Dinefwr Castle

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Dinefwr Castle
View of the Tywi valley from the battlements

Dinefwr Castle (sometimes anglicized as Dynevor) is a Welsh castle overlooking the River Tywi near the town of Llandeilo, Carmarthenshire, Wales. It lies on a ridge on the northern bank of the Tywi, with a steep drop of one hundred feet to the river. Dinefwr was the chief seat of the Principality of Deheubarth. The castle is owned by the Wildlife Trust of South and West Wales[1] (who do not charge for entry) and is managed by Cadw but lies within Dinefwr Park, which is owned by the National Trust. Visitors who wish to see the castle and are driving there, may pay admission for the car park, if not National Trust or Wildlife Trust of South and West Wales members. A separate fee is payable if you wish to visit Newton House. Alternatively, access is free to walkers from Llandeilo town nearby, and there is a small free car park near the castle, but it can only be reached by a rough track through the deer park.

Description[edit]

The present castle is entered via a massive door protected by a restored length of battlement. The short path from the car park reveals impressive views of the Towy valley. The door admits the visitor to the main space enclosed by the walls, from which there are several stairs to the main battlements and towers. A narrow spiral staircase leads to a high tower, which gives extensive views of the deer park to the north and the Tywi valley to the south and west. The castle keep is entered via the cellar at its base, but access to the circular walkway at the top can only be made via the battlement walk. Details such as the well and several garderobes are visible in the structure. There is a path around the base of the main structure to the north.

History[edit]

Traditionally, a castle was first constructed on this site by Rhodri the Great, but there are no remains from this period. Dinefwr later became the chief seat of Rhodri's grandson Hywel Dda, first ruler of Deheubarth and later king of the Britons, king of most of Wales. Rhys ap Gruffydd, ruler of Deheubarth from 1155 to 1197 is thought to have rebuilt the castle. Giraldus Cambrensis tells a story about a plan by King Henry II of England to assault the castle during a campaign against Rhys. One of Henry's most trusted followers was sent on a reconnaissance mission, guided by a local Welsh cleric. The cleric was asked to lead him to the castle by the easiest route, but instead took the most difficult route he could find, ending the performance by stopping to eat grass with the explanation that this was the diet of the local people in times of hardship. The planned attack was duly abandoned.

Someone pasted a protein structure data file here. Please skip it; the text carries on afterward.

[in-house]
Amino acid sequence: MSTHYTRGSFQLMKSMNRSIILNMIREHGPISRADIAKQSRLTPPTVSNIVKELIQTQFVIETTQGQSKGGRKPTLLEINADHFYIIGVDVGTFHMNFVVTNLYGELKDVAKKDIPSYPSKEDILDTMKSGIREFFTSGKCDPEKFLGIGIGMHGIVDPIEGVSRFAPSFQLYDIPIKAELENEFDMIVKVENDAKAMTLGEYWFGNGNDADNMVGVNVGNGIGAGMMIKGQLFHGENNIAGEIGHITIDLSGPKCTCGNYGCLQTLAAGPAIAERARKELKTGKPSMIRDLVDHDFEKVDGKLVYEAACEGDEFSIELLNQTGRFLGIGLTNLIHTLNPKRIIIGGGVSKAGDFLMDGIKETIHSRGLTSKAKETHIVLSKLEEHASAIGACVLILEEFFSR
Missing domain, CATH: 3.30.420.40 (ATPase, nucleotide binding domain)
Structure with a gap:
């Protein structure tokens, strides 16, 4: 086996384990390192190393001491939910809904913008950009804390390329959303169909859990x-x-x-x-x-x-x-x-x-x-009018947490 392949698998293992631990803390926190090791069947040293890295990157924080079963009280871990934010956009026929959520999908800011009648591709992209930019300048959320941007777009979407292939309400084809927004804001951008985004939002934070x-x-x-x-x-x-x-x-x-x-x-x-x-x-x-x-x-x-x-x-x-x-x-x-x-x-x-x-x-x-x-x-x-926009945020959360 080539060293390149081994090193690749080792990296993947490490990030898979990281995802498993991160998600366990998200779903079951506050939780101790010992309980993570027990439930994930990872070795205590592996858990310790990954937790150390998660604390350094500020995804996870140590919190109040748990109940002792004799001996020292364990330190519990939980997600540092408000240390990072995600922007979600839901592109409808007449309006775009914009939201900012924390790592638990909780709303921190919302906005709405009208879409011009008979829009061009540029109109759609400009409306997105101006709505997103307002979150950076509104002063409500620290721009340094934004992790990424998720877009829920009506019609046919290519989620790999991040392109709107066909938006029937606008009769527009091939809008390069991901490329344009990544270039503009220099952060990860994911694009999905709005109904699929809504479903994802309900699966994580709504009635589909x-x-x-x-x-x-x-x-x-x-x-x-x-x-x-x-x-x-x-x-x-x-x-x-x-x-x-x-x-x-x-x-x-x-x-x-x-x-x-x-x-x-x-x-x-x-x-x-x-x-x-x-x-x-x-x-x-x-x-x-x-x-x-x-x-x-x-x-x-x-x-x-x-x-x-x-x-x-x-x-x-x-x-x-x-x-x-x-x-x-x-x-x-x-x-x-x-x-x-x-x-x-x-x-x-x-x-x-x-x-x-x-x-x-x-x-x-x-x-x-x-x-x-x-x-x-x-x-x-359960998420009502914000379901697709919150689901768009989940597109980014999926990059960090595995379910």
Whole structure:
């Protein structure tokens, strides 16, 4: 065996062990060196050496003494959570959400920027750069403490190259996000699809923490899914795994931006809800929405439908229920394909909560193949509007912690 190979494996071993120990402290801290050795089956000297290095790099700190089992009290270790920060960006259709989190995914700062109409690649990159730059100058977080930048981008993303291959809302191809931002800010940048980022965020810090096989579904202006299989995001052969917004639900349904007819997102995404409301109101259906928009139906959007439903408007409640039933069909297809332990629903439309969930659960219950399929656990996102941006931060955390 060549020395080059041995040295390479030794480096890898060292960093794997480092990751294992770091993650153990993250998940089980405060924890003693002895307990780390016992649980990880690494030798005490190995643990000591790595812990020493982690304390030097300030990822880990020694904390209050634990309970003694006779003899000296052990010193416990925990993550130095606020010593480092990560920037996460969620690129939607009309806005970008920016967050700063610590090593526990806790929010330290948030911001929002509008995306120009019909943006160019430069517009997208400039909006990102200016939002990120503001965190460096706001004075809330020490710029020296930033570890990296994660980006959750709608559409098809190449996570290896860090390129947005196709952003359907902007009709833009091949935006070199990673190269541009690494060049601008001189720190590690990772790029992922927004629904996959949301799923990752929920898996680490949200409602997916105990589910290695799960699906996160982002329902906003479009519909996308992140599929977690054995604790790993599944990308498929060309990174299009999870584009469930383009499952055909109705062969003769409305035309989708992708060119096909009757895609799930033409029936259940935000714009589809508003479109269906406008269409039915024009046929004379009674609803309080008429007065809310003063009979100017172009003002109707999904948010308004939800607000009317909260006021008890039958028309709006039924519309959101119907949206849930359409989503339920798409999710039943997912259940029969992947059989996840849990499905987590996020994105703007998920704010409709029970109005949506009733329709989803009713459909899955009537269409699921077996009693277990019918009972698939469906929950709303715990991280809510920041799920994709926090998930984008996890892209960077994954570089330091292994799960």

Rhys ap Gruffydd also built the spectacular castle at Carreg Cennen, about four miles away to the south. It is not visible from Dynefwr, but Dryslwyn Castle can just be seen on a hill blocking the Tywi valley to the south-west. Rhys also founded two religious houses during this period. Talley Abbey was the first Premonstratensian abbey in Wales, while Llanllyr was a Cistercian nunnery, only the second nunnery to be founded in Wales and the first to prosper.

On Rhys ap Gruffydd's death the castle passed to his son Rhys Gryg, and the earliest parts of the present castle are thought to derive from this period. Llywelyn the Great of Gwynedd was now extending his influence to this area, and Rhys, finding himself unable to resist, dismantled the castle. Llywelyn however had it restored and held it until his death in 1240. In 1255 Llywelyn the Last gave Dinefwr to Rhys Fychan, then later gave it to Maredudd ap Rhys before later returning it to Rhys Fychan. Maredydd now allied himself to King Edward I of England, and helped Edward capture Dinefwr in 1277. Maredudd had apparently been promised Dinefwr in return for his help, but Edward did not keep his promise and had Maredudd executed in 1291.

View from Dinefwr Castle

The castle now came into English hands, though it is recorded to have been burnt during the rebellion of Llywelyn Bren in 1316. In 1317 it was given to Hugh Despenser, the king's favourite. It was unsuccessfully besieged by the forces of Owain Glyndŵr in 1403. Towards the end of the 15th century the castle was held by Sir Rhys ap Thomas, who carried out extensive rebuilding. In 1531 his grandson was executed for treason and the castle was confiscated by the crown, though the family were later able to recover it. Around 1600 Newton House was built nearby and the castle keep modified as a summer house. The remains of the large windows can be seen at the top of the keep, but it burned down in the 18th century. The castle is now owned by the Wildlife Trust of South and West Wales and managed by CADW on their behalf.[2]

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Coordinates: 51°52′36″N 4°01′06″W / 51.8768°N 4.0184°W / 51.8768; -4.0184